Buying Samsung Stock: What You Need To Know

Estimated read time: 4 minutes

You can't go shopping for household appliances without seeing Samsung as one of the leading brands in every showroom you shop at. It has brand recognition, longevity in the business world, and makes a wide variety of products, but does that mean it's a sound investment?

SSNLF: An Investor Profile

If you are a venture capitalist when it comes to picking your investments, you might want to consider Samsung stock.

Venture capitalists are investors who offer capital to startups or small companies that are looking to expand. These investors are willing to shoulder the risk for a piece of the action and the hopes of solid economic growth.

Samsung is constantly on the lookout for such companies — they want to spot new start-ups and new technology that can take them to the next level. In 2017, Samsung made headlines for the announcement of its Samsung NEXT Fund. It's a $150 million venture fund that is looking for companies who are breaking ground in disciplines such as artificial intelligence and virtual reality.

Pros and Cons of SSNLF Stock Today

With Samsung coming off a less-than-stellar 2018, you may be conflicted about whether to purchase Samsung stock right now or pursue other investments like cryptocurrency or the oil and gas sector. Let's examine the upsides and downsides to doing so because this stock is priced high, so the investment can be a big one.

Samsung doesn't put all its eggs in one basket — it has a lot of variety in its units, which include Harman, Device Solutions, IT & Mobile Communications, and Consumer Electronics.
It does push the envelope with some of its products, including the release of a foldable smartphone, the Samsung Galaxy Fold, which is set for April 2019.
If you're looking for an income stream, one way to do that is by investing in dividend stocks. Samsung does pay dividends, which may make it a good pick if you're interested in creating a revenue stream or reinvesting those dividends.
Samsung Electronics didn't do as well as hoped in its smartphone and memory chip businesses. Memory chips generally make up about one-third of the company's total revenue. Whether that decline in sales is a blip on the radar or a longer-term trend remains to be seen.
It appears the current demand for smartphones is on the decline, which could signal future trouble for at least part of Samsung's business. Also troubling is the fact that foreign companies, particularly in China, are coming out with smartphones that sell for a lower cost.

Before You Invest

If you're going to invest in Samsung stock, the first thing you have to do is open a brokerage account. But even then, you're going to need to take a creative approach because Samsung, a South Korean company, isn't available on a major U.S. exchange. We'll cover that in more depth in the next section, but it's something you'll need to consider before you invest.

You'll also have to look at your budget and decide how many stocks you can afford. Here's a hint: you're going to need deep pockets if you plan to buy many direct shares of Samsung stock. As of late February 2019, a single share of Samsung stock was going for more than $2,200.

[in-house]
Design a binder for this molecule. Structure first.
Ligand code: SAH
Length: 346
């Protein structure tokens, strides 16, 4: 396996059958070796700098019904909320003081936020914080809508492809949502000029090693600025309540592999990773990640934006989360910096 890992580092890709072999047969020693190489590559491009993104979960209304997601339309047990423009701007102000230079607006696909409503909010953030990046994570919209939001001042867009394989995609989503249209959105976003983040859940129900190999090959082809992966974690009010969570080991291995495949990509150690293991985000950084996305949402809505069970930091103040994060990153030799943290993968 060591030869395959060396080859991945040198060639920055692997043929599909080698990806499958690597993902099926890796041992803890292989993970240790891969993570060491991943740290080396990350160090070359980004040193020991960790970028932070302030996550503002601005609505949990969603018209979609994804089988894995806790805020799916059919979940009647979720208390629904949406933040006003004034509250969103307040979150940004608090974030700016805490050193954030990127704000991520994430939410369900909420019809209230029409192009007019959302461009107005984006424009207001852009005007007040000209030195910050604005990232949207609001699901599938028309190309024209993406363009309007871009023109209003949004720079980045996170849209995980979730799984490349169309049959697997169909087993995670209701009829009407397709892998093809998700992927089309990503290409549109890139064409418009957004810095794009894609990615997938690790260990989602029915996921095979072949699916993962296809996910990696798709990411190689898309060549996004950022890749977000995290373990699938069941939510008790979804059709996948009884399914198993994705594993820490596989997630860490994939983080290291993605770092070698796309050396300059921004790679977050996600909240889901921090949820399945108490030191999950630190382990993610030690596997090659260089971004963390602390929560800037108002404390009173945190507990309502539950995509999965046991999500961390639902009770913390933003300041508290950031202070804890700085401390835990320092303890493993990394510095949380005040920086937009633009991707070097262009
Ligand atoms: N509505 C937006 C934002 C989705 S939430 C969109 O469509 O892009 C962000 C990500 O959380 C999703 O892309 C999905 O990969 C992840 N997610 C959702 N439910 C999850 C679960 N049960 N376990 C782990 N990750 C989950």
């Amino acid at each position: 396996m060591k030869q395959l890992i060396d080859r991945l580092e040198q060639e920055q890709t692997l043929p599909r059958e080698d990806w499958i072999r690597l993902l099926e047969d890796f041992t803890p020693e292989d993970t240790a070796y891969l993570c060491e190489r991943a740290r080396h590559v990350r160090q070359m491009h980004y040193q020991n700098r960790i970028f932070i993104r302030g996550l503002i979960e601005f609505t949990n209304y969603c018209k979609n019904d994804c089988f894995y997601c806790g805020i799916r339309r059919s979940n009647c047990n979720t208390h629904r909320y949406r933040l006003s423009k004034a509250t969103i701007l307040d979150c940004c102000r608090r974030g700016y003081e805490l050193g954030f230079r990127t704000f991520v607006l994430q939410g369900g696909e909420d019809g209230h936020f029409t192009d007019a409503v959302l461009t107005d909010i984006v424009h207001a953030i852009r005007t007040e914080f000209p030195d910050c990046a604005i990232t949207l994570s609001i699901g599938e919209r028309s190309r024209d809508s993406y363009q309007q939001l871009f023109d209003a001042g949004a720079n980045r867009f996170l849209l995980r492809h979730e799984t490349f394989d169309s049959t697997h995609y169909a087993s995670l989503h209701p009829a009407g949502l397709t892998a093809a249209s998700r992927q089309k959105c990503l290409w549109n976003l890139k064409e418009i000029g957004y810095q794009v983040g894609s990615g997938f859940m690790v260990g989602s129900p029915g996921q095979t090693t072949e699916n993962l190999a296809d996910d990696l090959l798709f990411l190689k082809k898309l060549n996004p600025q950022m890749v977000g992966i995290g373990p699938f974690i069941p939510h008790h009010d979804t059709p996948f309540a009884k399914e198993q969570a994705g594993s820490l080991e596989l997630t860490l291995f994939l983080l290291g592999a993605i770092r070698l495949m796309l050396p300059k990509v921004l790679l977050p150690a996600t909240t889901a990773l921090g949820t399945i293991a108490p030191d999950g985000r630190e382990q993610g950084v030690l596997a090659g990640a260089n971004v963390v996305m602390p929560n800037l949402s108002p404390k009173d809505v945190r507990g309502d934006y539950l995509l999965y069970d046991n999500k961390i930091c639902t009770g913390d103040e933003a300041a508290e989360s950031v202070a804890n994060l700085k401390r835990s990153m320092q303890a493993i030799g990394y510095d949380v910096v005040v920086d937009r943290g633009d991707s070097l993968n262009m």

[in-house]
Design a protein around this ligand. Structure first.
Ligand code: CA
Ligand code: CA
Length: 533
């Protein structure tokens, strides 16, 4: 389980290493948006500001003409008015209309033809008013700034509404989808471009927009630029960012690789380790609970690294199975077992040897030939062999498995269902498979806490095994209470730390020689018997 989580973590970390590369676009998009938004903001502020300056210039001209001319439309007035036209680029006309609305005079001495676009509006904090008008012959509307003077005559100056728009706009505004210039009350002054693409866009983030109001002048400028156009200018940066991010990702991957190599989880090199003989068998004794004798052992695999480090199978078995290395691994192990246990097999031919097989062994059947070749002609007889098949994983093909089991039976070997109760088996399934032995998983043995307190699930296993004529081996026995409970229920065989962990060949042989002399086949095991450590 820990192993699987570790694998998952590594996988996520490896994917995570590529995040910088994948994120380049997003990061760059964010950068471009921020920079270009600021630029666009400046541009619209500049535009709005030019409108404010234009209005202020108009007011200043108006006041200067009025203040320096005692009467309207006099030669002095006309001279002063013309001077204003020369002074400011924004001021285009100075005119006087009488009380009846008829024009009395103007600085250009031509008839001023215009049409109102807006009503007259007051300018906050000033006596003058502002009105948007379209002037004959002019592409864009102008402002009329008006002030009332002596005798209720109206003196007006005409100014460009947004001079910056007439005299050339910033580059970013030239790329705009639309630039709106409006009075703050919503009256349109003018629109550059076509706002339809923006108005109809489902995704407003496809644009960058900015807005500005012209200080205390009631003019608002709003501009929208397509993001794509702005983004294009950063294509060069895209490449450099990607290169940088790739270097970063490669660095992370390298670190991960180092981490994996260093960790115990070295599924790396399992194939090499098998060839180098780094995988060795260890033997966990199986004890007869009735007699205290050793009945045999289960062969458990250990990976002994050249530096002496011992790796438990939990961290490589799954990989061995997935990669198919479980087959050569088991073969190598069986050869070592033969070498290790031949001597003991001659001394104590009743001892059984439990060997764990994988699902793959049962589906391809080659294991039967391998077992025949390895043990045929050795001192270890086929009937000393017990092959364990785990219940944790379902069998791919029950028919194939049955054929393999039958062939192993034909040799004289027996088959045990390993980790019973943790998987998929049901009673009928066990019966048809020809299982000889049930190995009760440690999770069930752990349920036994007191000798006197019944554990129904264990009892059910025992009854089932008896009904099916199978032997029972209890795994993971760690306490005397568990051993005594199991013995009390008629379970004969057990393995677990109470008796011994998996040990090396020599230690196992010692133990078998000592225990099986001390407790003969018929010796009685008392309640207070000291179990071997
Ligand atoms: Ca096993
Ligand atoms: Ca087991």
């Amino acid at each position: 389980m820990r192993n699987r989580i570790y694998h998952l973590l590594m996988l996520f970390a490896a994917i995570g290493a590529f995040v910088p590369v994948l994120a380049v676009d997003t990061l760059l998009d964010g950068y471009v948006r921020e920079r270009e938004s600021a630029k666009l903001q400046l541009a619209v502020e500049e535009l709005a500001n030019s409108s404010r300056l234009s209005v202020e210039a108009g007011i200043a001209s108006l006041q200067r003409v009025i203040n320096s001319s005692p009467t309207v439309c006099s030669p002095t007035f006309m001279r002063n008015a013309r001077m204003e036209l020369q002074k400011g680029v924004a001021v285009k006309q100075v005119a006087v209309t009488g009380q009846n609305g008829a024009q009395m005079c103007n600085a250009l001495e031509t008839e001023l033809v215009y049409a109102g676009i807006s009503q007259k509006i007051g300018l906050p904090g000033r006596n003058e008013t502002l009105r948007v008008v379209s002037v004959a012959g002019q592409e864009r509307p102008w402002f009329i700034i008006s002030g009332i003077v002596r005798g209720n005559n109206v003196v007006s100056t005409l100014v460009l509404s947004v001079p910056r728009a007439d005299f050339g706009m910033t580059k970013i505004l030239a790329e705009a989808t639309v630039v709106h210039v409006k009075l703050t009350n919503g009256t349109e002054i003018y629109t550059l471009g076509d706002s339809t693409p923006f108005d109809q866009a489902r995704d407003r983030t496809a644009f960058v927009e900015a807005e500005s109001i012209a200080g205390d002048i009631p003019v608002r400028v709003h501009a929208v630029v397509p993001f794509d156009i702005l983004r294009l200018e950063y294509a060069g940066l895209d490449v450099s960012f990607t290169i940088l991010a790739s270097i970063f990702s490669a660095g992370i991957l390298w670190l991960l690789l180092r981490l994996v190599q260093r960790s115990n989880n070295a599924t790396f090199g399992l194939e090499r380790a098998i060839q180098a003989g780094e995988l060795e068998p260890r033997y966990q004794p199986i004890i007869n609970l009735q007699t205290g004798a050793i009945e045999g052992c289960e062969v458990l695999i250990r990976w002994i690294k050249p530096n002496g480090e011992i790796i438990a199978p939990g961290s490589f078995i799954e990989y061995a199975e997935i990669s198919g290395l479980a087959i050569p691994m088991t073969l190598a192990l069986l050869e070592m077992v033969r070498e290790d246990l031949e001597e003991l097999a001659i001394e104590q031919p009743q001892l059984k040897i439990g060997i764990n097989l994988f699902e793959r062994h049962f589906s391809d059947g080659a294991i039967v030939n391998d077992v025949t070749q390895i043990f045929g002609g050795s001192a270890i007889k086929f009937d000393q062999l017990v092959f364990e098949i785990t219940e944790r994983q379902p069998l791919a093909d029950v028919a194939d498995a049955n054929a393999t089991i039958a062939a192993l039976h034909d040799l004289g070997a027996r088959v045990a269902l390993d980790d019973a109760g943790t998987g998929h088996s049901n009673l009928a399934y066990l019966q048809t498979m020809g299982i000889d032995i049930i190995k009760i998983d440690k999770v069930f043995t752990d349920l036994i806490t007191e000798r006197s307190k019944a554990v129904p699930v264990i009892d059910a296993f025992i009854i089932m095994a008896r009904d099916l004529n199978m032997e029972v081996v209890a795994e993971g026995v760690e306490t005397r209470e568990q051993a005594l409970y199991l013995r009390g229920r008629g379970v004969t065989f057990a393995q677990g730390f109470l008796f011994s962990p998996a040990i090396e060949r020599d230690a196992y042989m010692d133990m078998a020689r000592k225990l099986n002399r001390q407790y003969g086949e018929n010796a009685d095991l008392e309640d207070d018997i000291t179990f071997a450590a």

If you're looking at Samsung because you want to establish a dividend income as another revenue stream, there are cheaper companies you can invest in, but, as a long term investor, you might decide that now is the time to strike on buying Samsung stock since it's cheaper right now than it has been at times in the past.

If you already have Samsung stock, it might be wise to keep holding it to see how the foldable smartphone release pans out.

How To Buy Samsung Stock

Because Samsung stock isn't available on a major U.S. exchange, you'll have to go about purchasing it in other ways, and some of those ways are going to be a bit of a headache for you.

One option, although it would be undesirable for many run-of-the-mill investors, is to open a South Korean brokerage account. That's no small feat. You'll need to jump through hoops there to obtain an Investors Registration Certificate.

There are easier ways if you can give up the idea of owning direct Samsung stock. You can opt for buying shares in an exchange-traded fund instead, more commonly known as an ETF.

An ETF can actually give you less volatility than owning a single stock because ETFs involve one investment that is spread through a variety of stocks that have a common denominator, such as the sector or country they come from. If you've ever invested in mutual funds, the concept is similar.

If you find an ETF from South Korea, such as Franklin FTSE South Korea ETF, you can own a chunk of Samsung through that holding. While it won't be the same as holding straight-up Samsung stock, you won't have the headaches you would in trying to buy in an overseas market.

Plus, you may not feel the need to watch the market as obsessively, and you may be less stressed over any fluctuations because you won't have all of that investment solely tied up with one company. No matter how you choose to spend your money, you have to be able to sleep well at night without worrying.

Do What's Right For You

When it comes to deciding whether to buy Samsung stock, do what is best for you — whether that's going through the hoops so you can own a direct piece of stock or going for an ETF that will give you Samsung exposure with less overall risk.

Who knows? Maybe the right decision for you will be to skip Samsung stock entirely in favor of finding something more readily accessible for you to buy.